In this post we take a closer look at Spain’s recently published animal research statistics for 2015 (see previous years here). These show that in 2015, there were 858,946 procedures on animals for scientific purposes, up 5% from 2014 (821,570 procedures). The number of animals is likely to be very similar (with only 14,473 procedures on animals which had previously been used in prior research).
One of the main reasons for this rise is the large increase in the use of birds, mainly chickens, which more than doubled since 2014. Zebrafish, which saw a huge 250% rise in 2014, decreased by 30%. Cephalalopoda (e.g. Octopuses, squid and cuttlefish) almost doubled in number after being included in the 2014 statistics for the first time (in line with the EU Directive).
Mice, rats, fish and birds accounted for over 91% of research animals in Spain, roughly the same proportion as other EU countries. Dogs, cats and primates account for less than 0.2% of all research procedures in Spain in 2015; again, similar to other EU countries and to previous years in Spain.
The new EU guidelines also require retrospective reporting of animal suffering in experiments. Of the 858,946 procedures, 44.7% were mild, 38.5% were moderate, 8.0% were severe, and 8.7% non-recovery (where the animal is fully anaesthetised before surgery and then never woken up). For more information see Table 3 of the Government statistical release (in Spanish).
The number of animals used in testing and research since 2009 has fallen from a little over 1.4 million animals to just over 850,000 in 2015. These older statistics are available on the website of the Ministry for Agriculture.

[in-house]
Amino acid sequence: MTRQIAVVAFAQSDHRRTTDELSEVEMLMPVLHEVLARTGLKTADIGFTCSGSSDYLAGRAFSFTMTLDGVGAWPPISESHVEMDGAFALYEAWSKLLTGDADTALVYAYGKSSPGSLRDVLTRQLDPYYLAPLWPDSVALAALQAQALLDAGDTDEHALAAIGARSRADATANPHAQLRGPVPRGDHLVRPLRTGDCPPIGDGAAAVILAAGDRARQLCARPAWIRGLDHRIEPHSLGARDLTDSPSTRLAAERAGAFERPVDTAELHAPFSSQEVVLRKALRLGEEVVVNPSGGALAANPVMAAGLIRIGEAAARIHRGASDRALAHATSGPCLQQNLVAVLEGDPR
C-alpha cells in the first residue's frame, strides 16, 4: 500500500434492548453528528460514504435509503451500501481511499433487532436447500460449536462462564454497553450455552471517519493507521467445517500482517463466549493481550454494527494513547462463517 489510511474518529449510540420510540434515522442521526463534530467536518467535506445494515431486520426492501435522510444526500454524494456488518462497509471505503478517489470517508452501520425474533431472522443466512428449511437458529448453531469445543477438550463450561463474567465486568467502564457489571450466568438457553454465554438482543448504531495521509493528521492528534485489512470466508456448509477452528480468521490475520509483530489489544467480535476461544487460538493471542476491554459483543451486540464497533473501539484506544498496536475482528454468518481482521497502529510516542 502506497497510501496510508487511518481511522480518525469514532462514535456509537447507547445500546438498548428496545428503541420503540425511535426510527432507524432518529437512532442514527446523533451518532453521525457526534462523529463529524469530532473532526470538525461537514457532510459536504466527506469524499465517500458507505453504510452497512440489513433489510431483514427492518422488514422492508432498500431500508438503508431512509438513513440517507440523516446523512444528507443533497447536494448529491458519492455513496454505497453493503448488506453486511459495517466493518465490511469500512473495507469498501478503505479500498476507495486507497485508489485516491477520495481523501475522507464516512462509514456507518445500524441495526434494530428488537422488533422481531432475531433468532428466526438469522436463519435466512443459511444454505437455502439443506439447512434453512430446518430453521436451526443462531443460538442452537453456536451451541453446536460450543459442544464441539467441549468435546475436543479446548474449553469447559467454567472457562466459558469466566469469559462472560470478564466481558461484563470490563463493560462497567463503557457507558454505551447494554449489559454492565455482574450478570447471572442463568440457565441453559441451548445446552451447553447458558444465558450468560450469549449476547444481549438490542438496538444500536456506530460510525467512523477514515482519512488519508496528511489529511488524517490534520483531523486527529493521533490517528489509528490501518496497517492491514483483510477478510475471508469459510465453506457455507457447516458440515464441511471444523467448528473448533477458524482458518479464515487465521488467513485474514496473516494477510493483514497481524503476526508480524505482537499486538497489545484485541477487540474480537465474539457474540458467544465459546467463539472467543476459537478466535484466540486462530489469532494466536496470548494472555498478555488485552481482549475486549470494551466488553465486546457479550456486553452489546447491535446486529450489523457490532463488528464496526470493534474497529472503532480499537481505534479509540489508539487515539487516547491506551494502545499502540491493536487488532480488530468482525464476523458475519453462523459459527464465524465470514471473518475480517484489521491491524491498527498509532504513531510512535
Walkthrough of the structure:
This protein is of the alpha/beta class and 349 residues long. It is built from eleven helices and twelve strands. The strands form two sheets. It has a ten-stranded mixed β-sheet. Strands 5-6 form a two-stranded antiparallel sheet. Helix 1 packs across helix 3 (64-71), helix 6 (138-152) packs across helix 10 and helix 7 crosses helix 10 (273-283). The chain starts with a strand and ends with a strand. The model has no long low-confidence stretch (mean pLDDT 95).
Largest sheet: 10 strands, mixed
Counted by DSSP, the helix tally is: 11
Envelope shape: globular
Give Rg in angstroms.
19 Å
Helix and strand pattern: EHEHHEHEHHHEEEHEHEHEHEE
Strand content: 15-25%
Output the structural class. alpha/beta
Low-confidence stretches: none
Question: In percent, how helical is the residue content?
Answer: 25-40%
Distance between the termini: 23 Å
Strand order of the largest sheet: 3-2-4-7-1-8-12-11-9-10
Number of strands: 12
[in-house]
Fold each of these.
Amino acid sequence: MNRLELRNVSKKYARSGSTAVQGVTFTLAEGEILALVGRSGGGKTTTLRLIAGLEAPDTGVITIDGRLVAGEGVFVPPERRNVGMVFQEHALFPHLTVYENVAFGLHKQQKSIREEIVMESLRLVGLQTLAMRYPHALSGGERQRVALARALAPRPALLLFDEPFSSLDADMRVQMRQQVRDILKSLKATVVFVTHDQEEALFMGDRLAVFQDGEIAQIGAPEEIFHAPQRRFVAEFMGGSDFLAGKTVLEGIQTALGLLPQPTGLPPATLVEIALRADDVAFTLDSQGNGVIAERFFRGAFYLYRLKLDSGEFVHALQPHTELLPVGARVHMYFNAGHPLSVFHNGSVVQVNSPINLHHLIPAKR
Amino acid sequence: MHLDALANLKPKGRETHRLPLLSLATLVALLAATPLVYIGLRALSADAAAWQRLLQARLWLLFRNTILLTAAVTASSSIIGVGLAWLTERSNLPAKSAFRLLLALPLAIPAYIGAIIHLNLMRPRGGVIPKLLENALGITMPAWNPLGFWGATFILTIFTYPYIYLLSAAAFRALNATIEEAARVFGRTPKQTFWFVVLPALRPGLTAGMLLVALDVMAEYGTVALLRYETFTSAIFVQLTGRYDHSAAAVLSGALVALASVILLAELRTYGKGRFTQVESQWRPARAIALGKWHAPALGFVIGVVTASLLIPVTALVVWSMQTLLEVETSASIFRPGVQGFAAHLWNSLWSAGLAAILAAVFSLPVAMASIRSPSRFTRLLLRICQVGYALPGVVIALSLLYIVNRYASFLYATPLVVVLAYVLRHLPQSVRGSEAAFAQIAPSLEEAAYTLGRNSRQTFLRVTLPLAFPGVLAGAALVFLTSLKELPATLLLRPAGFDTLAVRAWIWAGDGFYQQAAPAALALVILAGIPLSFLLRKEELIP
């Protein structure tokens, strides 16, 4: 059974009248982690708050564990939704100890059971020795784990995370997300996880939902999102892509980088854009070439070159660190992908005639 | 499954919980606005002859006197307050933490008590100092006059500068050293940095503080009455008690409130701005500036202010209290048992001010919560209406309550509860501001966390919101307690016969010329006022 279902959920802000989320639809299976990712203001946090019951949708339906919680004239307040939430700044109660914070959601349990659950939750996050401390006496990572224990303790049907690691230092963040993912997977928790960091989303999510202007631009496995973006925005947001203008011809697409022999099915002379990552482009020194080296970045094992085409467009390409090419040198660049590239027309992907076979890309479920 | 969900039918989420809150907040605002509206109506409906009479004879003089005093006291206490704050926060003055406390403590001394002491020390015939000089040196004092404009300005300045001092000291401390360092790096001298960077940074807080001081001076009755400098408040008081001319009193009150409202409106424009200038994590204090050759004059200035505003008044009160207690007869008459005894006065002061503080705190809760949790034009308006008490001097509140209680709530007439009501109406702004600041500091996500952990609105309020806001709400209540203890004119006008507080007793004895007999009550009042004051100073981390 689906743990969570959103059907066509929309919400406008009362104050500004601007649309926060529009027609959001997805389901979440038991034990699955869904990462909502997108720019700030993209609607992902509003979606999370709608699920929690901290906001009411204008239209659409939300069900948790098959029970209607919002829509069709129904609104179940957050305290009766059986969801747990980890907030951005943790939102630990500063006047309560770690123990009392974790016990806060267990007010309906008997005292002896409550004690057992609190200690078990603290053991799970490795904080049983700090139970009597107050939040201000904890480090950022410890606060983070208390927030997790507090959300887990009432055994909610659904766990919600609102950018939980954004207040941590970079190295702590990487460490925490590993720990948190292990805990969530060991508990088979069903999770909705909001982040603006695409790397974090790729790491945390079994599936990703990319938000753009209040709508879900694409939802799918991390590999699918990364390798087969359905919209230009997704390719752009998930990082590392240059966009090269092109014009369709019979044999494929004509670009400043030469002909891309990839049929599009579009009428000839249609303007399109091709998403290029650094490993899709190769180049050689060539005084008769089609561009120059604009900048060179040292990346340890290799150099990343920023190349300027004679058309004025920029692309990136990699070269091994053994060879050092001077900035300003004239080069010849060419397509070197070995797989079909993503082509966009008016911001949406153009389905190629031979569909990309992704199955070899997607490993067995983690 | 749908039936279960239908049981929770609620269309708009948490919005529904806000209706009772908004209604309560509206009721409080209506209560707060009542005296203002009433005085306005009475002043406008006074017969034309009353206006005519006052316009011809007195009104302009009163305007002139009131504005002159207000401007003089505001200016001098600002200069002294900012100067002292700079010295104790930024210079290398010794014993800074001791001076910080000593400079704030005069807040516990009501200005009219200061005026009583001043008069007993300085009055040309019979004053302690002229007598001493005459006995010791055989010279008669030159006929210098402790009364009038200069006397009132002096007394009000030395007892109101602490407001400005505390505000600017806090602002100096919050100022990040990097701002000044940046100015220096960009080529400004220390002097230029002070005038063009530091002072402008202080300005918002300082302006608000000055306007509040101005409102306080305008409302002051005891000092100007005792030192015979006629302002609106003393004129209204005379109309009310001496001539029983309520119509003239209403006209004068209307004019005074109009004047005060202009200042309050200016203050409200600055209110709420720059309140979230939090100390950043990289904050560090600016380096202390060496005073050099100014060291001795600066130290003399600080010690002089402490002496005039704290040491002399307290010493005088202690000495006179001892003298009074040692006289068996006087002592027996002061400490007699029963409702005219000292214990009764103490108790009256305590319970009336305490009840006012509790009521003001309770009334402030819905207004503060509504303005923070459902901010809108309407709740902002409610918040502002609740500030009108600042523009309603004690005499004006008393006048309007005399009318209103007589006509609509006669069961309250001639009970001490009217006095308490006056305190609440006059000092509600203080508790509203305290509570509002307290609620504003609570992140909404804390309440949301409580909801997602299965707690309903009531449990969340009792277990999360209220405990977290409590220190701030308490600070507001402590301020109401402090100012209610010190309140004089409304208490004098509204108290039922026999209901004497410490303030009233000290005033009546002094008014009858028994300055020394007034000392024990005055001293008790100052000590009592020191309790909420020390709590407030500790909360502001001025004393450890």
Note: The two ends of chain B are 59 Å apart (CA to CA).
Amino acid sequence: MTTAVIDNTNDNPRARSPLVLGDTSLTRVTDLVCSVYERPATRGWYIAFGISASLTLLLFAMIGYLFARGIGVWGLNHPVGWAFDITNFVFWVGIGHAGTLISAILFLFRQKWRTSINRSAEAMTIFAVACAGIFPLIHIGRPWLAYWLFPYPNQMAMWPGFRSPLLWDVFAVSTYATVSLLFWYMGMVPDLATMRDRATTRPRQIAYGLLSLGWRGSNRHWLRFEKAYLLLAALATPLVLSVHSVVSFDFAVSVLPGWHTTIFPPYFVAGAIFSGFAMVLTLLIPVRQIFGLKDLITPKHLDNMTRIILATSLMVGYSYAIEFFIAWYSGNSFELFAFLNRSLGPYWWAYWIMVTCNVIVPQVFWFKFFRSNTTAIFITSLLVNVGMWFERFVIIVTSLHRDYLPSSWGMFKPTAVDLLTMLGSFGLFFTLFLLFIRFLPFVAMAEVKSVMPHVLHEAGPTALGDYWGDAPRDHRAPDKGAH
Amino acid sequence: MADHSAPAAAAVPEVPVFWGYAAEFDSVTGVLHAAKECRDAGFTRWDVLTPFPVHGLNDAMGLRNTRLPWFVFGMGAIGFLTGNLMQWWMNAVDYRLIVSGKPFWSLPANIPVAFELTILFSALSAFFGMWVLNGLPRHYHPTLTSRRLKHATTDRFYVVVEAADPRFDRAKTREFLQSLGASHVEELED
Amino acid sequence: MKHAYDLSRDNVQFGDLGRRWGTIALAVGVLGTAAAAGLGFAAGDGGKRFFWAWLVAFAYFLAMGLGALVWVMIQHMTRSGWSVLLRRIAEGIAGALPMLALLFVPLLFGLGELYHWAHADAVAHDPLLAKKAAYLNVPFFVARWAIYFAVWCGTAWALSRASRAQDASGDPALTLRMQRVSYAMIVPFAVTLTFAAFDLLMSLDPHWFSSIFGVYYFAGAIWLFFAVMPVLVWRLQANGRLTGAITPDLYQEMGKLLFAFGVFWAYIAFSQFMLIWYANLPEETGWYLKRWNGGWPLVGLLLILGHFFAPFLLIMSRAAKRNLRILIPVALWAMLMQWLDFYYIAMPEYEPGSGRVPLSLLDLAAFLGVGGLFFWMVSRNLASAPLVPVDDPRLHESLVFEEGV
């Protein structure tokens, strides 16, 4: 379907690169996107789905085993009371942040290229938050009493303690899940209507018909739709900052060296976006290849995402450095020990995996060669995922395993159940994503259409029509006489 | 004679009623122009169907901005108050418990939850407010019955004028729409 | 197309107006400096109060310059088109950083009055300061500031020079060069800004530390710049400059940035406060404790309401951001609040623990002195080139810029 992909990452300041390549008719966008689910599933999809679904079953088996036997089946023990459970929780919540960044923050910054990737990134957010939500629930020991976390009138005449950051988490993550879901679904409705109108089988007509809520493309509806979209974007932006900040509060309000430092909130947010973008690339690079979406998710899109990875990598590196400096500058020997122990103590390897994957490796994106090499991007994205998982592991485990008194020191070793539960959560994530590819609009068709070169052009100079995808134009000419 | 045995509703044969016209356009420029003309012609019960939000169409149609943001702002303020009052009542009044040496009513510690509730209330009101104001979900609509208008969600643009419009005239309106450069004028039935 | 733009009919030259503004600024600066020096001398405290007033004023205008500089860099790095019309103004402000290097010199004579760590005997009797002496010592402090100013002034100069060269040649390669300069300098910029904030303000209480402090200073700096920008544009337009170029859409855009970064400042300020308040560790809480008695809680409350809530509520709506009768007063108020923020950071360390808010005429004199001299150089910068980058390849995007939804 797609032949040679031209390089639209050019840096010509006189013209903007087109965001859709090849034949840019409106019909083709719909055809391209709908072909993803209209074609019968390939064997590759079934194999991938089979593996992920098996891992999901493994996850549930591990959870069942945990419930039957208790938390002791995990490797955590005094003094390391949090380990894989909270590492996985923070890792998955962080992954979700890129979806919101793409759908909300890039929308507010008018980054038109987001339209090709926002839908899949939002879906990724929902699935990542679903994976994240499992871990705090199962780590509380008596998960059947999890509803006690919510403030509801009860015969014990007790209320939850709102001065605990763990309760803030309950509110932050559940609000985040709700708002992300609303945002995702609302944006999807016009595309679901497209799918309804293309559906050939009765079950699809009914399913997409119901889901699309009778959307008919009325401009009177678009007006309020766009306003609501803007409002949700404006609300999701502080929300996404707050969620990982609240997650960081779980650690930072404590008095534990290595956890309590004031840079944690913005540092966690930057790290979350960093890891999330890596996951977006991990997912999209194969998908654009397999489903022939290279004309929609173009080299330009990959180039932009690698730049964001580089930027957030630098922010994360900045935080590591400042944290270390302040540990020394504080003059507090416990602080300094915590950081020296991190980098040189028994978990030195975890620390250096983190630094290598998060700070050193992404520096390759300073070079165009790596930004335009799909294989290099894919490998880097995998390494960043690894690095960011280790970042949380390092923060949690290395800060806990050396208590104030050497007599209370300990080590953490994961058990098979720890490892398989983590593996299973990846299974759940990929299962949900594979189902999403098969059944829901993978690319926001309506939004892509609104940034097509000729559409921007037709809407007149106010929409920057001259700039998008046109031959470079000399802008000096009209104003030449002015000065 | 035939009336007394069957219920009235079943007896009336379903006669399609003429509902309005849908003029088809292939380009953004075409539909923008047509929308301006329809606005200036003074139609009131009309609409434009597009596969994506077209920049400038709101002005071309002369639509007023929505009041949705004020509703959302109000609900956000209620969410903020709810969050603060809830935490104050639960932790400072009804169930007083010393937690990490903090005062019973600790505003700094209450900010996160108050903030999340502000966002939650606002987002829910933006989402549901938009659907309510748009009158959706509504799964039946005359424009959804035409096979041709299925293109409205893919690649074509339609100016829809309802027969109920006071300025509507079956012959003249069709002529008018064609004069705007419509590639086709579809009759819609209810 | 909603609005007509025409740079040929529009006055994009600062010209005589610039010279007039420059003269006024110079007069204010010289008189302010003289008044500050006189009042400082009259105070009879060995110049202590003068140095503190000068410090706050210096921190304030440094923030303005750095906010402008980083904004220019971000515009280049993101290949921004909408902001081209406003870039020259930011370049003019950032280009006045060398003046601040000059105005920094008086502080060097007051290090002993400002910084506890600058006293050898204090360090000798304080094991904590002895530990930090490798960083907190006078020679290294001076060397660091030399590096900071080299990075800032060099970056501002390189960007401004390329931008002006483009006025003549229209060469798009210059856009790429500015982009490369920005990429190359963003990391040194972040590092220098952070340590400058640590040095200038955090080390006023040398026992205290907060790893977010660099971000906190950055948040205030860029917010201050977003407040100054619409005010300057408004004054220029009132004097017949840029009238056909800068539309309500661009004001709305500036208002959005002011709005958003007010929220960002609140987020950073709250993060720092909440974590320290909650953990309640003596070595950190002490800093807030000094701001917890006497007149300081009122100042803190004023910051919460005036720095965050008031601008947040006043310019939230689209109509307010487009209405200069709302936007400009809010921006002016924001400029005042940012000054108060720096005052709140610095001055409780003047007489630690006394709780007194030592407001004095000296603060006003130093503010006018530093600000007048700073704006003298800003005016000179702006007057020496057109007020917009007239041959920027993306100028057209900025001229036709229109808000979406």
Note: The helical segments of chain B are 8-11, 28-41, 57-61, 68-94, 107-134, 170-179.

Other insights that could be gleaned from the statistics:
- 31.6% of studies involved the use of genetically altered animals.
- Nearly all animals (~98%) came from within the EU
- No wild caught primates were used. Of the 290 primates (not to be confused with the number of procedures on primates) 281 were either the grandchildren (F2) or beyond of wild caught animals.
- The most common use of animals was Basic research (50.5%), followed by Translational and Applied Research (26.3%) and Regulatory use (16.8%).
We aim to keep our readers abreast of the latest developments in animal statistics worldwide. Keep your eyes out for more stats on the horizon.
Source of Spanish statistics: http://www.mapama.gob.es/es/ganaderia/temas/produccion-y-mercados-ganaderos/informedeusodeanimalesen2015_tcm7-436494.pdf